Thoughts: In this note from September 2020 (just as Joker War was wrapping up publication), Tynion tells Jorge Jimenez a lot of really interesting information. He talks about a character named “Scorn” – possibly related to the Scorns which served the villain Wrath – who seems to be in a similar vein to Punchline in having a political element. It’s also fascinating that Tynion consciously pulls back from addressing “real world” elements that he considers a “minefield”, considering how elegantly and carefully he constructed Punchline and her world (alongside his partner Sam Johns). We also see that the Joker book was already well underway (which you’d know from Joker War Zone’s March story from Tynion).
NEW CHARACTER – One of the key threads in “The Cowardly Lot” is the creation of The Magistrate, a private police force inside of Gotham City. He’s a tech billionaire who was raised in Gotham, but spent the last few years in Silicon Valley. He made his billions in drone technology that he wants to put on the streets of America to fight supervillains and all masked vigilantes. He thinks of himself as a good guy. I keep picturing the character Peter Ludlow, from The Lost World: Jurassic Park…But in a black turtleneck and black pants, like Steve Jobs. He thinks of himself as a good, open-minded neoliberal guy. He is soft spoken, and calm, even in the middle of a crisis. But he thinks that superheroes make cities less safe, and he wants to create a world that doesn’t need superheroes…He is going to be a very very important character not only in Batman, but across the entire line of Bat-Books.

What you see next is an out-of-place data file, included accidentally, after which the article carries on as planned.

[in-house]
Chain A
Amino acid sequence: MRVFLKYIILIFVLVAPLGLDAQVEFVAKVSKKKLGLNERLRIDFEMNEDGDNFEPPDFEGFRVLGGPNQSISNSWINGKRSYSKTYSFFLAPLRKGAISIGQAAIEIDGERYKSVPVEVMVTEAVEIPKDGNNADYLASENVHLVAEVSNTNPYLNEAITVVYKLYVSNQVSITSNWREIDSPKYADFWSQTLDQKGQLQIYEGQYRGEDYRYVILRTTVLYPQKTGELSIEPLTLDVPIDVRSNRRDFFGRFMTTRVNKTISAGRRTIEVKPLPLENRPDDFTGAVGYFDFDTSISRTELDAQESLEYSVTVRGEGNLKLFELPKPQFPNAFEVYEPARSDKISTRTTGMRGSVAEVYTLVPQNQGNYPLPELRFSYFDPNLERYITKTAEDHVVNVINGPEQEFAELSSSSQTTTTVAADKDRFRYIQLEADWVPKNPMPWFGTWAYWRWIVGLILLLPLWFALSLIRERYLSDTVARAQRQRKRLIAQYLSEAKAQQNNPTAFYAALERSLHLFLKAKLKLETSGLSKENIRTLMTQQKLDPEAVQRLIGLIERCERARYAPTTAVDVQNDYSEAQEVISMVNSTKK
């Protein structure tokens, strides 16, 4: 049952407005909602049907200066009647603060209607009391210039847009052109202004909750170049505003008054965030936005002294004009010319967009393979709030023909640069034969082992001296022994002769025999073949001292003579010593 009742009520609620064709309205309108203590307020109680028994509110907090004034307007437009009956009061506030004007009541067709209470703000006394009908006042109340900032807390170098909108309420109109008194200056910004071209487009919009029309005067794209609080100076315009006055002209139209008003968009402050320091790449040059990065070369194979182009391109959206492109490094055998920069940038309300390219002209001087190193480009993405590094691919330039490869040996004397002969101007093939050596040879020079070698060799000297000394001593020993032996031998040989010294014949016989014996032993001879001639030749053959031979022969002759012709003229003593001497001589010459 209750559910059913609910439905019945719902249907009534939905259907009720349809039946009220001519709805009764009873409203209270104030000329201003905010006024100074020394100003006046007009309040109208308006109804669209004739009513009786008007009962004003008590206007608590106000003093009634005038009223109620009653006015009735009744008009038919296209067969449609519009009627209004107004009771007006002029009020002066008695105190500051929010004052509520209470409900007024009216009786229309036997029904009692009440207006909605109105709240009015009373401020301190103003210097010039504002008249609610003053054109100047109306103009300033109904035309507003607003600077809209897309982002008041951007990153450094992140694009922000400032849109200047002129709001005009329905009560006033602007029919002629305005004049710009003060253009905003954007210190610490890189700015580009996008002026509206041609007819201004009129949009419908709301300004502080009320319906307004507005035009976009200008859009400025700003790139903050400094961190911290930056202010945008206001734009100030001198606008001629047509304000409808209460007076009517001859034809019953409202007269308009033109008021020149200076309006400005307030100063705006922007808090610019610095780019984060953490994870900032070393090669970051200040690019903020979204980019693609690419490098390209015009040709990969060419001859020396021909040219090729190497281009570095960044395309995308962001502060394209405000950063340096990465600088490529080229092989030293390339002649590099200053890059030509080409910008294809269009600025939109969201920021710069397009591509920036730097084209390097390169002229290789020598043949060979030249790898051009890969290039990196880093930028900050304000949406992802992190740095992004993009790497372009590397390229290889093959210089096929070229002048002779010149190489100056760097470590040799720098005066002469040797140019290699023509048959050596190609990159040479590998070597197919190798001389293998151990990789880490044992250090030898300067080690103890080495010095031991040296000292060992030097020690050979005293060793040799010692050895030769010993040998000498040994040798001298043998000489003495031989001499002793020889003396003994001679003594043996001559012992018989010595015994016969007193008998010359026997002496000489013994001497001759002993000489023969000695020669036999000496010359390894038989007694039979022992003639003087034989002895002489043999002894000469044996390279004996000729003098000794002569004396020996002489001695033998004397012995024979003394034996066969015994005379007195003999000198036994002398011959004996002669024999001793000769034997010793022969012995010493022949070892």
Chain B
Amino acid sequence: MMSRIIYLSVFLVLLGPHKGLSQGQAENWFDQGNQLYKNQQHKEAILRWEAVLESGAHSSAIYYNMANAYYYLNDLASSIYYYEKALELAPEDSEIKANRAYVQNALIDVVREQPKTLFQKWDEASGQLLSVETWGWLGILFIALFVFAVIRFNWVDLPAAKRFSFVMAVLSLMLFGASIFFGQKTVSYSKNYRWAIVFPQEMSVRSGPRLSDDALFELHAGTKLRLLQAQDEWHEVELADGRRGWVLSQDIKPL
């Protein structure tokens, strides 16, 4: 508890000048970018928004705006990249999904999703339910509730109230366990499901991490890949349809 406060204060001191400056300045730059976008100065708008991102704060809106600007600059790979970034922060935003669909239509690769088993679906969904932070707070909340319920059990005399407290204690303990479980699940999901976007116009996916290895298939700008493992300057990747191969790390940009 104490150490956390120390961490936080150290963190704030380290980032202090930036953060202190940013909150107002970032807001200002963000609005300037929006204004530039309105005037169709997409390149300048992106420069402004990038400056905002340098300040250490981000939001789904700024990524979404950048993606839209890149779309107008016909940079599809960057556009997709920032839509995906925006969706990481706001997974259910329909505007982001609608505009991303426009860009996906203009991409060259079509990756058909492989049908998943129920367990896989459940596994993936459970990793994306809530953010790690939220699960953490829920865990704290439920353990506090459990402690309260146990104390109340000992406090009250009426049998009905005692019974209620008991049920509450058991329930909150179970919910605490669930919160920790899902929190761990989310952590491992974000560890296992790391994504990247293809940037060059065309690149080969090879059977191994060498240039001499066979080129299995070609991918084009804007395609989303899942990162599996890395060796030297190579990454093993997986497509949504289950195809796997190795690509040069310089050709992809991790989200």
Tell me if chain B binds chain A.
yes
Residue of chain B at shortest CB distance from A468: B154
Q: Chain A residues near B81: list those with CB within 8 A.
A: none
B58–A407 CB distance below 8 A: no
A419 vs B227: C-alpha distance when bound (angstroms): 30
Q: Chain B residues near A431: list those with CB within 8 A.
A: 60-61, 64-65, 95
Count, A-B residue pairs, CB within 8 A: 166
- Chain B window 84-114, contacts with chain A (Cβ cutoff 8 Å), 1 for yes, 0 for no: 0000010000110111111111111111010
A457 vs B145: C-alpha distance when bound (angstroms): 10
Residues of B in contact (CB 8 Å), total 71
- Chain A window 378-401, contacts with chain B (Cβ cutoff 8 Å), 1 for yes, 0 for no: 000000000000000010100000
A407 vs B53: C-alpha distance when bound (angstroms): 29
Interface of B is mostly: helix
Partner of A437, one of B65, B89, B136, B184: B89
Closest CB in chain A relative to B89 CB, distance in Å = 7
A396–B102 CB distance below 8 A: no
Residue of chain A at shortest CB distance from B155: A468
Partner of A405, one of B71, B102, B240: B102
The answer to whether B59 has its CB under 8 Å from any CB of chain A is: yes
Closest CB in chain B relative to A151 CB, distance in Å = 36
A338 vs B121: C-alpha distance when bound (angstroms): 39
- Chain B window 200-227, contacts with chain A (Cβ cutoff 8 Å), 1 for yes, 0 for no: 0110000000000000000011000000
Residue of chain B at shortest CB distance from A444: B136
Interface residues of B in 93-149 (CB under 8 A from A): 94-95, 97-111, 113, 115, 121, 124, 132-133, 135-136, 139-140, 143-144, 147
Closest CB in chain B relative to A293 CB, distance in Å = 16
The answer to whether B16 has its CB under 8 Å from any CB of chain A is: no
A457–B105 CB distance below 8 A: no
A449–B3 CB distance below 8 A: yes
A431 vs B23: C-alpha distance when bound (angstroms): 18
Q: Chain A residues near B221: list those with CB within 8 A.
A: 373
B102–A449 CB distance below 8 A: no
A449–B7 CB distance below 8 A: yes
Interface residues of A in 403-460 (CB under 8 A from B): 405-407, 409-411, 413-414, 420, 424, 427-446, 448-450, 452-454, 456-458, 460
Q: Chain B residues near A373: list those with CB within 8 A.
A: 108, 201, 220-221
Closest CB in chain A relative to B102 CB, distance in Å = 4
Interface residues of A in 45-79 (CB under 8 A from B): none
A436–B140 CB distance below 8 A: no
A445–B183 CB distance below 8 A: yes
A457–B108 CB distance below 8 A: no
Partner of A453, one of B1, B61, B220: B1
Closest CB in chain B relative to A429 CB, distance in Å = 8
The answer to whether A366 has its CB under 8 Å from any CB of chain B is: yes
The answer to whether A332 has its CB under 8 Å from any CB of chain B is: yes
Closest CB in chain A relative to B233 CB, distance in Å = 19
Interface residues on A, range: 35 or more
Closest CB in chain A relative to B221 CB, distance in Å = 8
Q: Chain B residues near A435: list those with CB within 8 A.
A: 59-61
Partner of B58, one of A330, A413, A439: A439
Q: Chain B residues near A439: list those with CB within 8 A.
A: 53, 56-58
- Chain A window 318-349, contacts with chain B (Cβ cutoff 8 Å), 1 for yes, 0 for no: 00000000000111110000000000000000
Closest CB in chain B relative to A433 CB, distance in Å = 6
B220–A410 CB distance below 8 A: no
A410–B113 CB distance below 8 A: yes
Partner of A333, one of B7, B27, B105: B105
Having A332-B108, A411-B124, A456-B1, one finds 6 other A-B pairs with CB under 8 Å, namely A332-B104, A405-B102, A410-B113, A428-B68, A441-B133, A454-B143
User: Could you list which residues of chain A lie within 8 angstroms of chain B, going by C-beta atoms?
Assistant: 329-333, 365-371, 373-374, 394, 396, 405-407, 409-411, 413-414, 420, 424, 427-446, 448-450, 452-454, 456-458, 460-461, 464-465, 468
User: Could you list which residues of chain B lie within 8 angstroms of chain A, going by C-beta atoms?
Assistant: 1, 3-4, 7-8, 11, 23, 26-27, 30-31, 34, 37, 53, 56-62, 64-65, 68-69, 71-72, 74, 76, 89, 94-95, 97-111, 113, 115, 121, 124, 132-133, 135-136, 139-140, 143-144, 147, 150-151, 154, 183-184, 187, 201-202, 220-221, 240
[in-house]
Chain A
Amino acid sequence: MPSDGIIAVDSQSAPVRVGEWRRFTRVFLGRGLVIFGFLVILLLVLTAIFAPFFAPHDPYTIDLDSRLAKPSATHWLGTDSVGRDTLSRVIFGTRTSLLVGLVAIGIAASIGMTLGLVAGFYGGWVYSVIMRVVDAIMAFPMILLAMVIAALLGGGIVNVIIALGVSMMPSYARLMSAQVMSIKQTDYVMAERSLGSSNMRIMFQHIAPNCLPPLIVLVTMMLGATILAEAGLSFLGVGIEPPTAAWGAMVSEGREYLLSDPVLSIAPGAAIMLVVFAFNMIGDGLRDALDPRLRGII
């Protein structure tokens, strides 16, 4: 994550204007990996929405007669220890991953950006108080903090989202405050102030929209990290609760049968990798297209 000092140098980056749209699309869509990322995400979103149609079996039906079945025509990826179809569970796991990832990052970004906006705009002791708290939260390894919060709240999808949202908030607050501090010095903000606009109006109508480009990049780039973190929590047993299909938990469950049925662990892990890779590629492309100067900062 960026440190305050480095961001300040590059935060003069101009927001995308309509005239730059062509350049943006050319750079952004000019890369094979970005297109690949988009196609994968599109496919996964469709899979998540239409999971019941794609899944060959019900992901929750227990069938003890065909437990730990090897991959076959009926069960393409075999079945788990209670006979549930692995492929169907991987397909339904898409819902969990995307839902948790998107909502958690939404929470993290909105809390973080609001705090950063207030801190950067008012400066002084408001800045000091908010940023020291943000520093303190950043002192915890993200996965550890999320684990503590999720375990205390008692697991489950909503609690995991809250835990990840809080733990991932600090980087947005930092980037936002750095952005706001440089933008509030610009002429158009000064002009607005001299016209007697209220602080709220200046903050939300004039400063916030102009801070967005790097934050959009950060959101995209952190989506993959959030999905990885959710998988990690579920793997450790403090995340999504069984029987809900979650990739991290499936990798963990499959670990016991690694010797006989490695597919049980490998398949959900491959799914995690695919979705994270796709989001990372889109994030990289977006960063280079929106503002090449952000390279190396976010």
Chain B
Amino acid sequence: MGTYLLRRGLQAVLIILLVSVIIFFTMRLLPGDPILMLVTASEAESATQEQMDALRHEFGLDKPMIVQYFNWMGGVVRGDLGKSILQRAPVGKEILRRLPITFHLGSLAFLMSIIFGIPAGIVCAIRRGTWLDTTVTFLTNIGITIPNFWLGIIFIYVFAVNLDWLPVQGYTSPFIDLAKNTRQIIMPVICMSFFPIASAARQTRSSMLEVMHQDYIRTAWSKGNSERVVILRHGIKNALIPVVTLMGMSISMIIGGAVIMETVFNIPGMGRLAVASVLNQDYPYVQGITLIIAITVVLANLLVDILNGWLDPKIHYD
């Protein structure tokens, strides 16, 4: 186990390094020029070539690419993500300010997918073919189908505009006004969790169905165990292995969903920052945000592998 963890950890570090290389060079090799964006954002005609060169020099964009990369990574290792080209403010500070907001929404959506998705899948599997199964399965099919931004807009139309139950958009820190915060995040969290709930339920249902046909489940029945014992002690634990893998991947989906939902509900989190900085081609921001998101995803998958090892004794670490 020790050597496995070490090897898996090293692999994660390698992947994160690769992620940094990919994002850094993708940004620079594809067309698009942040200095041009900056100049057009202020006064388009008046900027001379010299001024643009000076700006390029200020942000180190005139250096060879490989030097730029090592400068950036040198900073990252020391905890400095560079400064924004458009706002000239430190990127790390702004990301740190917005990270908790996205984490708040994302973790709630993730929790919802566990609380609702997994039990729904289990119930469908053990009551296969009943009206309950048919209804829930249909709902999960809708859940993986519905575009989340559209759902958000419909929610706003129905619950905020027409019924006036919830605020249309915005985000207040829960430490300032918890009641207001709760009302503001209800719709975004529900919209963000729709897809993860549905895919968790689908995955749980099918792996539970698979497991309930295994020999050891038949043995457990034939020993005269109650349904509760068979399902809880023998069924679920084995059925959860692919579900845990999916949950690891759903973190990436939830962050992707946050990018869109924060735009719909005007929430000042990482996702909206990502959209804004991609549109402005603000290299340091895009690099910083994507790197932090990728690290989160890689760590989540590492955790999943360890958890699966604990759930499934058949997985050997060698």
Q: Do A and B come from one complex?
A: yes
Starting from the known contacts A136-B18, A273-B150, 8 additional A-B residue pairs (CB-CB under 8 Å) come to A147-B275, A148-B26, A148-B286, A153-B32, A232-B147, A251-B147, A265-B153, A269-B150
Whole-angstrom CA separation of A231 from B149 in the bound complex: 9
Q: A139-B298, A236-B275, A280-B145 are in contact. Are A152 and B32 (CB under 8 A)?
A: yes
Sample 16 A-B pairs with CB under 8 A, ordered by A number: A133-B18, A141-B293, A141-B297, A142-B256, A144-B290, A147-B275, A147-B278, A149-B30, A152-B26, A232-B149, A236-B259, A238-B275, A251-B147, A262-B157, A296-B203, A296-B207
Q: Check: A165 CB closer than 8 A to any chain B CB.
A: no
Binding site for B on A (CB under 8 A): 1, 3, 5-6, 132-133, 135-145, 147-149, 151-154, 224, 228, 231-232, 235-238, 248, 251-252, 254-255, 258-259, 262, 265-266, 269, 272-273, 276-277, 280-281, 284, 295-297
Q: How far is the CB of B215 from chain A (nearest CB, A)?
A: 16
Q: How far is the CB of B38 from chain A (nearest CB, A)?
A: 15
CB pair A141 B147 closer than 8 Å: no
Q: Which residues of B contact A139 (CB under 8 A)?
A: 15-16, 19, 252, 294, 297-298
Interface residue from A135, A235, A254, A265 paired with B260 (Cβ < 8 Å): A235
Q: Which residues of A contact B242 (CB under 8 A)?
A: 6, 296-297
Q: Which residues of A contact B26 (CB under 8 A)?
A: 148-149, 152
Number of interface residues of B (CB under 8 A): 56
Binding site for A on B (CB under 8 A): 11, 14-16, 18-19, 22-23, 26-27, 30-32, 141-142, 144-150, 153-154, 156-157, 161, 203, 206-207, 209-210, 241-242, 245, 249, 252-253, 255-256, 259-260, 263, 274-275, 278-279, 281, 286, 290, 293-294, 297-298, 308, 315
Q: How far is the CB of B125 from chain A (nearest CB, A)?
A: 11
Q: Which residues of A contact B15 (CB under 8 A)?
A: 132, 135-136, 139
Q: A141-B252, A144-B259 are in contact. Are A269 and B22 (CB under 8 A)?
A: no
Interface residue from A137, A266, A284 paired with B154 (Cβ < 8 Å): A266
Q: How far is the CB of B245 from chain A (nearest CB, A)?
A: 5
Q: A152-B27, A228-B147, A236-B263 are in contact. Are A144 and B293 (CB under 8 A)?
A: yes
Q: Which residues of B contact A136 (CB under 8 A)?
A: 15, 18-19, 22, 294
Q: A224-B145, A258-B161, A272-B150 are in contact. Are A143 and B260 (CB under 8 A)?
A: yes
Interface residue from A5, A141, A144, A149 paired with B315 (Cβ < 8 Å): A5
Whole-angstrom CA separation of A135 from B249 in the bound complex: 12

Thoughts: Though Simon Saint is a decent villain for “Fear State,” it’s telling that the stuff that ultimately rendered him a big generic – the screaming and loss of control starting at the beginning of “Fear State” when Scarecrow went rogue – is the opposite of what Tynion describes here for his plans. Like a lot of planning documents, what Tynion intended to do ultimately fell a bit by the wayside in the actual writing process – and we’ll never know for sure if it was an improvement.
…She’s going to fall for Batman (thieves always have a thing for him), but he’s not going to respond to her advances…She’s kind and compassionate, and idolizes [Catwoman] a bit…
Thoughts: A little note about Miracle Molly that may or may not have been behind the actual execution of Miracle Molly, but a fun note to see Tynion thinking so clearly about the connection to Catwoman and falling in love with Batman – even though he stole a DIFFERENT Catwoman’s backstory as a template for Miracle Molly.
That wraps things up for Tynion’s main plans for Fear State, his second (and sadly last) major story arc for his Batman run. Next time, we’ll dive into his overarching goals for this phase of his writing.